Last week we talked about hot dogs. Though I spent most of my time discussing how the dog’s surface area changes if it is cut lengthwise (also known as a butterfly cut), my original inspiration came from much more sophisticated wiener slicing. Around the fourth of July, the following video went viral. Take a look; it’s hard not to see the merits of this suggested technique for cooking hot dogs.
As the curly fry is to the regular fry, so too is the spiral cut dog to the regular dog. Indeed, it’s hard to find a reason why one should not choose a spiral cut dog over a regular dog, if given the choice. But from a mathematical standpoint, as with the butterfly cut discussed last time, arguably the most interesting feature of the spiral cut hot dog is the increased surface area. Unlike the butterfly cut dog, however, computing . . . → Read More: Hot Dog Mathematics (a.k.a. Hot Dog! Mathematics!) Part 2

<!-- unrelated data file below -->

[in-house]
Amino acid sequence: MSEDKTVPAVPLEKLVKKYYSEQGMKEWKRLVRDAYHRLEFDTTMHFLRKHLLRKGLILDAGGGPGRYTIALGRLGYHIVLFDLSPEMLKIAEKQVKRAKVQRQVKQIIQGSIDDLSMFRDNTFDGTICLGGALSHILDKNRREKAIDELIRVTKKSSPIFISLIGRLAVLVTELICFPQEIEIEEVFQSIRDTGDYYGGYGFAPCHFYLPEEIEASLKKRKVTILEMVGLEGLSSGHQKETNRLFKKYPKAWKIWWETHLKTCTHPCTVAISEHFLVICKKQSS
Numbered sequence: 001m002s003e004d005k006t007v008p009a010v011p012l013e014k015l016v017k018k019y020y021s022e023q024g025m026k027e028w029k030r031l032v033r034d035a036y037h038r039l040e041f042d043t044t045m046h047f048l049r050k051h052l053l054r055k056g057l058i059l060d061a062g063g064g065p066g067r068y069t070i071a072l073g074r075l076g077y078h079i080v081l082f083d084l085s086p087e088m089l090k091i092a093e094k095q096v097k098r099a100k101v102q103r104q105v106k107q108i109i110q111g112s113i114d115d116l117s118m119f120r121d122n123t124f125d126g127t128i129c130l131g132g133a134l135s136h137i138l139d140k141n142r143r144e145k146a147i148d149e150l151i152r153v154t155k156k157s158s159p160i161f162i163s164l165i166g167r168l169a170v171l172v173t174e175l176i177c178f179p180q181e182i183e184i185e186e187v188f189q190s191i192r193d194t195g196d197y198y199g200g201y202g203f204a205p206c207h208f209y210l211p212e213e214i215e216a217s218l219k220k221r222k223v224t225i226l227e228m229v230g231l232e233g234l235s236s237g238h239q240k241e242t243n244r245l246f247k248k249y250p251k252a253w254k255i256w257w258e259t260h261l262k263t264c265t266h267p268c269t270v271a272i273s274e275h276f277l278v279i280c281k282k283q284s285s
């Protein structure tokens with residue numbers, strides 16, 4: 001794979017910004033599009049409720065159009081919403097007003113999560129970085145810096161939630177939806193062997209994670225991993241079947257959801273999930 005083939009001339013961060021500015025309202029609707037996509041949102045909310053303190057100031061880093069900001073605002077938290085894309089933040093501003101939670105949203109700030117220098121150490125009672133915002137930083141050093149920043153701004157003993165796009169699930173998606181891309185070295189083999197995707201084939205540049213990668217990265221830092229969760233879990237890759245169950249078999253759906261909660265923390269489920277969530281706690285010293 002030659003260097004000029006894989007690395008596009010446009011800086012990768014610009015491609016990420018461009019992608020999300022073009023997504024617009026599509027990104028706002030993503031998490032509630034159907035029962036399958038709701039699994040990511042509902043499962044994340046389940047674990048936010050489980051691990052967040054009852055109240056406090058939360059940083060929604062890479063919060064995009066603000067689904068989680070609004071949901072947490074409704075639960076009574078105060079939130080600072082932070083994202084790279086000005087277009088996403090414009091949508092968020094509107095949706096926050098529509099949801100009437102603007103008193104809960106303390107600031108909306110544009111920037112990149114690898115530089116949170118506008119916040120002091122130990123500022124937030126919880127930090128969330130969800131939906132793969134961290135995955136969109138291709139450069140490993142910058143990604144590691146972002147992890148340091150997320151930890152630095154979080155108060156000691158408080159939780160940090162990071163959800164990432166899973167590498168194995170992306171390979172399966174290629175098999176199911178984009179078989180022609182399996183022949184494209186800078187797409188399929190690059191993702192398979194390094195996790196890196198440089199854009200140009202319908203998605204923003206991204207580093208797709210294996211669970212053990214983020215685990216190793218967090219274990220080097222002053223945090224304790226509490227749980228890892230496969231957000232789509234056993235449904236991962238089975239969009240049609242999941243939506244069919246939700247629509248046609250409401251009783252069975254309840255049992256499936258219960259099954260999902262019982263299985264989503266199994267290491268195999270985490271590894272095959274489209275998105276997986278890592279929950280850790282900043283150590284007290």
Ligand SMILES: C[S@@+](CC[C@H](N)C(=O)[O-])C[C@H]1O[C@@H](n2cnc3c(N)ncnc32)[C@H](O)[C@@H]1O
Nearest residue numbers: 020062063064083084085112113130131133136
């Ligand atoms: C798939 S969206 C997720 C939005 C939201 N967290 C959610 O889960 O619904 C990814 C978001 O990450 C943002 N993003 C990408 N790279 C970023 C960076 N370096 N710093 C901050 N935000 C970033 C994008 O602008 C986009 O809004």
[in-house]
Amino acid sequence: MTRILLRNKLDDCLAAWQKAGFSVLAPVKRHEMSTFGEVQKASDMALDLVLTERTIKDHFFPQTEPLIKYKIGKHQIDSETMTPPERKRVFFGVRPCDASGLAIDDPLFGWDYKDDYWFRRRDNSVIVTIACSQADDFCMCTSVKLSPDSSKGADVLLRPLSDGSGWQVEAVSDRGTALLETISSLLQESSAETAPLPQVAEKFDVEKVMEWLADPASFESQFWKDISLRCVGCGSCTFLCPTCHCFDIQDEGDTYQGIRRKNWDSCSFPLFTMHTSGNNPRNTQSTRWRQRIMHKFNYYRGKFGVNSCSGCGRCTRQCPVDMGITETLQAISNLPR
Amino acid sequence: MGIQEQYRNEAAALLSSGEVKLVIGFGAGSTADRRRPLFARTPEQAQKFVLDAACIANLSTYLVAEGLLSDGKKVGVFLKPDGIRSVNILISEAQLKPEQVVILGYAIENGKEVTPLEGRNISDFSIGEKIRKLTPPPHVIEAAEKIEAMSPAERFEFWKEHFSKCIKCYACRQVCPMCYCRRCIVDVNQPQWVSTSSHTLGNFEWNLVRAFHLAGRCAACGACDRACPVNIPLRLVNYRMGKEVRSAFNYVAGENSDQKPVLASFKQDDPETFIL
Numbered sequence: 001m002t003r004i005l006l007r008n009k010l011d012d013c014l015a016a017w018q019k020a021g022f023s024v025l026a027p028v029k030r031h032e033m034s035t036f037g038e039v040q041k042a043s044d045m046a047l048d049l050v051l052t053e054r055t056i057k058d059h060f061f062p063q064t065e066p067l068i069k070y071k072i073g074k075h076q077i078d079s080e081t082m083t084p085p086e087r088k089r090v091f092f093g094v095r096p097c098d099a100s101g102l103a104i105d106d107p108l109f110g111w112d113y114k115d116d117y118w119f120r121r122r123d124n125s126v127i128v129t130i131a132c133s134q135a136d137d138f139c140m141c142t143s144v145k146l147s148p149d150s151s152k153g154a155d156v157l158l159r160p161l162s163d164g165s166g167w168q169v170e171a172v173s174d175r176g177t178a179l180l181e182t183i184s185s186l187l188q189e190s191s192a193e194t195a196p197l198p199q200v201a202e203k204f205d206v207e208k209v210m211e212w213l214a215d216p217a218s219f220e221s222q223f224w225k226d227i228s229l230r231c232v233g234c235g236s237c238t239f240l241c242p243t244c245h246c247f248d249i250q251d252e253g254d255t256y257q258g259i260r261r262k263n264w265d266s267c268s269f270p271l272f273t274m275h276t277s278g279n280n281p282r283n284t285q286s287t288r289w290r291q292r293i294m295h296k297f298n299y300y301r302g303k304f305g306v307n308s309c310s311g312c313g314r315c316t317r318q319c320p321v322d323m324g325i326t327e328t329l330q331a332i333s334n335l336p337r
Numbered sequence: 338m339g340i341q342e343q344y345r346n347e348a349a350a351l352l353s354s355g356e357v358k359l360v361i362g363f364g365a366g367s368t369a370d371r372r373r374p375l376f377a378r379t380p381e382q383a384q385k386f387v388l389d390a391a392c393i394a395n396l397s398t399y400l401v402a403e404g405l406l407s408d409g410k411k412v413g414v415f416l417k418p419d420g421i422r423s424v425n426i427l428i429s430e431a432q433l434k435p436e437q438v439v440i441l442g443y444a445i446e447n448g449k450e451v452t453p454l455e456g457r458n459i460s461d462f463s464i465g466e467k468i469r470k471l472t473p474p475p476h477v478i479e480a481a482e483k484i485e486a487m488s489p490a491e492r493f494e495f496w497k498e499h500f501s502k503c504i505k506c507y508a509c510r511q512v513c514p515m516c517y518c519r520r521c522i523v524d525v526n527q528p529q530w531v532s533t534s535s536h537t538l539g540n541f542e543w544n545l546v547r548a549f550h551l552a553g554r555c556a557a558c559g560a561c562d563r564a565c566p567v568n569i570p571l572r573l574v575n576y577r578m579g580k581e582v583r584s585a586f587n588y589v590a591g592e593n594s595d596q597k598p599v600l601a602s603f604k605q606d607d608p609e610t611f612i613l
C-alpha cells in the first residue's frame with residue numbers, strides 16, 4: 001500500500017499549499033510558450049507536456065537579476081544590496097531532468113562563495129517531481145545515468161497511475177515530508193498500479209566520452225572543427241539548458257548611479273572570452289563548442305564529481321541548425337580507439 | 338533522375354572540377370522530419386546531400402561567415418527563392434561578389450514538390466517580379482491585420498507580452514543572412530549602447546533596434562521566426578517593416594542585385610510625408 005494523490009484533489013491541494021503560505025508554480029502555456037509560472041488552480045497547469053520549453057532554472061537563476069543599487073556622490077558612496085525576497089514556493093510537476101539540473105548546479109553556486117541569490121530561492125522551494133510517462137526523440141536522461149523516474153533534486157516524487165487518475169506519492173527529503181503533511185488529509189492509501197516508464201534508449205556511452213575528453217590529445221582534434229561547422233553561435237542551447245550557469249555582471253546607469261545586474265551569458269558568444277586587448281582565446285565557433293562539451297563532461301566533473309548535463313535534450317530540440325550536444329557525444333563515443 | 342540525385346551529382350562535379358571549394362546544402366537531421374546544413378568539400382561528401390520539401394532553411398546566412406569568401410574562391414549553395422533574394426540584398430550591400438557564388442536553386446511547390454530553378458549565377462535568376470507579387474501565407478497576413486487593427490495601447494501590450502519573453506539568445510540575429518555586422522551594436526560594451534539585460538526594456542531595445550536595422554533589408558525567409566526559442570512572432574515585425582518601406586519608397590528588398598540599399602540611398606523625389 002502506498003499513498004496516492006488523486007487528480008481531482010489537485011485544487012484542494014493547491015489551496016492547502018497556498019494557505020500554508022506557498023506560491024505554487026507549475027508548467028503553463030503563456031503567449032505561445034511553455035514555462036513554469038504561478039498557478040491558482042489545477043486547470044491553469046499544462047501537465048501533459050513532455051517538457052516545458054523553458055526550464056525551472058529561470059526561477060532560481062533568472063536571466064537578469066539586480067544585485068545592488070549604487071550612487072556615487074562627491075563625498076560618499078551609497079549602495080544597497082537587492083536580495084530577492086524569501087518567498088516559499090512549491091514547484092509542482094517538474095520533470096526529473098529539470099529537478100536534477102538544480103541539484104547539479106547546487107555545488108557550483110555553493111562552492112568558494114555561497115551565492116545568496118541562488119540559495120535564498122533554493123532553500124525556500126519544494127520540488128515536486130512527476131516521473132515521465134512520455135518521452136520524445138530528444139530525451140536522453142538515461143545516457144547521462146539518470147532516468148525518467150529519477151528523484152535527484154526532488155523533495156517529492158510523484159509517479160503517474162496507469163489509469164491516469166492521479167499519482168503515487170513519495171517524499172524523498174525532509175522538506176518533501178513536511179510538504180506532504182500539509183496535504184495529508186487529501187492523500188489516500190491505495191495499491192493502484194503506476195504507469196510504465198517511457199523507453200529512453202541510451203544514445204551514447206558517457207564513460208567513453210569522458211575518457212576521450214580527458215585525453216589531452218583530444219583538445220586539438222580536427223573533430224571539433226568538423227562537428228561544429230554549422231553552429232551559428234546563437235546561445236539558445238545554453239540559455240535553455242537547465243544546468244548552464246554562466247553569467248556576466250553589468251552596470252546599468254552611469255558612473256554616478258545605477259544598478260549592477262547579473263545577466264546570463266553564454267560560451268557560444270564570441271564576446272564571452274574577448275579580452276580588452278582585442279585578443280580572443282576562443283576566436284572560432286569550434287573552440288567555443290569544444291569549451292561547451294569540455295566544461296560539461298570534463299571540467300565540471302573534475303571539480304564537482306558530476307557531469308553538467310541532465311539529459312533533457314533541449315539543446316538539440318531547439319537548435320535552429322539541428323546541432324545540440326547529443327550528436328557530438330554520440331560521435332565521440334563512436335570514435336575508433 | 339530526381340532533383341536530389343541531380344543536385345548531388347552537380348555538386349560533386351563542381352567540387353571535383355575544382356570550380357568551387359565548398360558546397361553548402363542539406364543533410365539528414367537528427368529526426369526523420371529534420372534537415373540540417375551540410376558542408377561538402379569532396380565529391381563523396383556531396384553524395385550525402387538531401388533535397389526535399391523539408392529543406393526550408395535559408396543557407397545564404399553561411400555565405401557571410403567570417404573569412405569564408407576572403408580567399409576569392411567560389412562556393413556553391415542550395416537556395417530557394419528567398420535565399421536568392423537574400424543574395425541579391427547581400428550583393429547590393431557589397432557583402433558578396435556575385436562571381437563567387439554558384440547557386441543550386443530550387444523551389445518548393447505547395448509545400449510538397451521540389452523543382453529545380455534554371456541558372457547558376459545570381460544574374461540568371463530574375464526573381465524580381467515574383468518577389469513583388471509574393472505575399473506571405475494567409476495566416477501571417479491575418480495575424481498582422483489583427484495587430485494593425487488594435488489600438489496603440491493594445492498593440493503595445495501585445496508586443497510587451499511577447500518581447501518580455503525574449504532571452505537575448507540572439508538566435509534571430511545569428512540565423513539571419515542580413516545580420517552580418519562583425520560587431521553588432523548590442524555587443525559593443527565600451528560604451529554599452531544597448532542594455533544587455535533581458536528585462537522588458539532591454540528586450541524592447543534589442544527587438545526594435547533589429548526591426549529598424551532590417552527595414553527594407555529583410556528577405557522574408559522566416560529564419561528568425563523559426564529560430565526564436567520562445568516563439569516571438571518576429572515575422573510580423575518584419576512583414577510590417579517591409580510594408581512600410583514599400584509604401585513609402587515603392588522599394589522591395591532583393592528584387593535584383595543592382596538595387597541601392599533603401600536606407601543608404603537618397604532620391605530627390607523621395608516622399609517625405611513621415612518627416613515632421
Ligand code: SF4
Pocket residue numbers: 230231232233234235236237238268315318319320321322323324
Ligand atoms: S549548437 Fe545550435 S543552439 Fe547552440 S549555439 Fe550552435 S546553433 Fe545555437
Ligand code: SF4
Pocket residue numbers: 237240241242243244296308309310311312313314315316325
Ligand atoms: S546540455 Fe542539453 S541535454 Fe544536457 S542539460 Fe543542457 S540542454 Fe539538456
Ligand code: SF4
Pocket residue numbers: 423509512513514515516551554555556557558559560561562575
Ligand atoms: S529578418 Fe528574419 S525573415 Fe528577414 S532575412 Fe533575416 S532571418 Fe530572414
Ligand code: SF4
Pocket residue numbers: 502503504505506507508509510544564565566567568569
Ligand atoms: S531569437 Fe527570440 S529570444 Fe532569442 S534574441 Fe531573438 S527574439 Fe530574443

For many people, summer wouldn’t be summer without a good old fashioned cookout. And though the Fourth of July has passed, there are many warm days and late evening sunsets still ahead.
With the season of grilling comes the season of grilling advice. Not all of it is consistent – some places tell you to only flip your burgers only once, while others tell you to flip them as often as you like. Trying to sort through so many conflicting words of wisdom can certainly be confusing, especially for an inexperienced grill operator. But no matter what philosophy you subscribe to, one piece of advice seems fairly consistent: the greater the surface area of the object you’re cooking, the better off you’ll be. Increased surface area gives the meat more room to react to the heat, and increases the area that undergoes the Maillard reaction; in other words, more surface area = . . . → Read More: Hot Dog Mathematics (a.k.a. Hot Dog! Mathematics!) Part 1